July Revolution

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July Revolution,

revolt in France in July, 1830, against the government of King Charles XCharles X,
1757–1836, king of France (1824–30); brother of King Louis XVI and of King Louis XVIII, whom he succeeded. As comte d'Artois he headed the reactionary faction at the court of Louis XVI.
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. The attempt of the ultraroyalists under Charles to return to the ancien régime provoked the opposition of the middle classes, who wanted more voice in the government. The banker Jacques LaffitteLaffitte, Jacques
, 1767–1844, French banker and politician. He rose from poverty to become one of the wealthiest and most influential men in France. He was director (1809) and later governor (1814–19) of the Bank of France.
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 was typical of the bourgeois who supported liberal journalists, such as Adolphe ThiersThiers, Adolphe
, 1797–1877, French statesman, journalist, and historian.

After studying law at Aix-en-Provence, Thiers went (1821) to Paris and joined the group of writers that attacked the reactionary government of King Charles X.
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, in opposing the government. Liberal opposition reached its peak when Charles called on the reactionary and unpopular Jules Armand de PolignacPolignac, Jules Armand, prince de
, 1780–1847, French statesman. Belonging to one of the oldest families of France, he emigrated with them during the French Revolution. Under Napoleon I he was imprisoned (1804–14) for his part in the conspiracy of Georges Cadoudal.
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 to form a new ministry (Aug., 1829). When the chamber of deputies registered its disapproval, Charles dissolved the chamber. New elections (July, 1830) returned an even stronger opposition majority. Charles and Polignac responded with the July Ordinances, which established rigid press control, dissolved the new chamber, and reduced the electorate. Insurrection developed, and street barricades and fighting cleared Paris of royal troops. Charles X was forced to flee and abdicated in favor of his grandson, Henri, conte de ChambordChambord, Henri Charles Ferdinand Marie Dieudonné, comte de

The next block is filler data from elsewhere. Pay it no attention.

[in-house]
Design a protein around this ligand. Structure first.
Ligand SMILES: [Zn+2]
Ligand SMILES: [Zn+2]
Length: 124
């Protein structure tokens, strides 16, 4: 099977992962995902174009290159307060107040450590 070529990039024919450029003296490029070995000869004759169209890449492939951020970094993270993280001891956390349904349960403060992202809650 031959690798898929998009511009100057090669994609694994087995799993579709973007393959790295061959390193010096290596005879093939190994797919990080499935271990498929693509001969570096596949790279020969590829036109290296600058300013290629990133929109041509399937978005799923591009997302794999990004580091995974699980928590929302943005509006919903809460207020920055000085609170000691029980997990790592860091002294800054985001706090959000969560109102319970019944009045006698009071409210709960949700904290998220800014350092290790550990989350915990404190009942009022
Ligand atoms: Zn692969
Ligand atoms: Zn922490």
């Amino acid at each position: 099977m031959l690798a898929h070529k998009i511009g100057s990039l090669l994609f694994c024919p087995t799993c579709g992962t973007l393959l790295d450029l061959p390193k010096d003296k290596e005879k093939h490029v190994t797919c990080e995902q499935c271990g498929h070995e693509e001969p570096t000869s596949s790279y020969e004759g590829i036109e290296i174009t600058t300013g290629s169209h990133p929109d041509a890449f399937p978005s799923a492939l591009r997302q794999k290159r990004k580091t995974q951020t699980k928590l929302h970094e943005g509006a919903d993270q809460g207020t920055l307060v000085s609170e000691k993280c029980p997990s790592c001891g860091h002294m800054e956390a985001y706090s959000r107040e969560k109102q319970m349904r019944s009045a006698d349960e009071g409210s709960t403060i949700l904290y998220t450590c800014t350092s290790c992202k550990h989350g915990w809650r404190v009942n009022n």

, 1820–83, Bourbon claimant to the French throne, posthumous son of Charles Ferdinand, duc de Berry. His original title was duke of Bordeaux.
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. Henri was set aside, and, although there was a movement for a republic, the duc d'Orléans was proclaimed (July 31) king of the French as Louis PhilippeLouis Philippe
, 1773–1850, king of the French (1830–48), known before his accession as Louis Philippe, duc d'Orléans. The son of Philippe Égalité (see Orléans, Louis Philippe Joseph, duc d'), he joined the army of the French Revolution,
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. His reign was known as the July Monarchy.


See study by D. H. Pinkney (1972).

References in periodicals archive ?
Feminist admirers subsequently depicted her as a free woman escaping an unhappy marriage, but Rogers pleads for a political reading of Luce's motivations, speculating about exposure to utopian socialist ideas in the wake of the July 1830 Revolution.
The book's basic thesis is that the French invented European socialism in the 1830 revolution, and that it was not the product of 19th century unionism--working people fighting for specific decent labor conditions--but of the 19th century equivalent of hippies, who did not like the idea of having to work at all.
Under his radical tutelage, she came to view the 1830 Revolution as a first attempt to right the wrongs of a rank-and-wealth-driven society, and for all her life, she subscribed to his dictum: "From each according to his abilities, to each according to his needs.
23) At the moment he wrote this letter, Monfalcon was also having to digest another major disappointment: he had been thwarted in his hope to be named editor of the Precurseur, the liberal newspaper whose heroic defiance of Charles X's attempted constitutional coup had made it the symbol of the 1830 Revolution in Lyon.
The events concern the double murder of two particularly-abusive ex-nobles in the aftermath of the 1830 Revolution in France.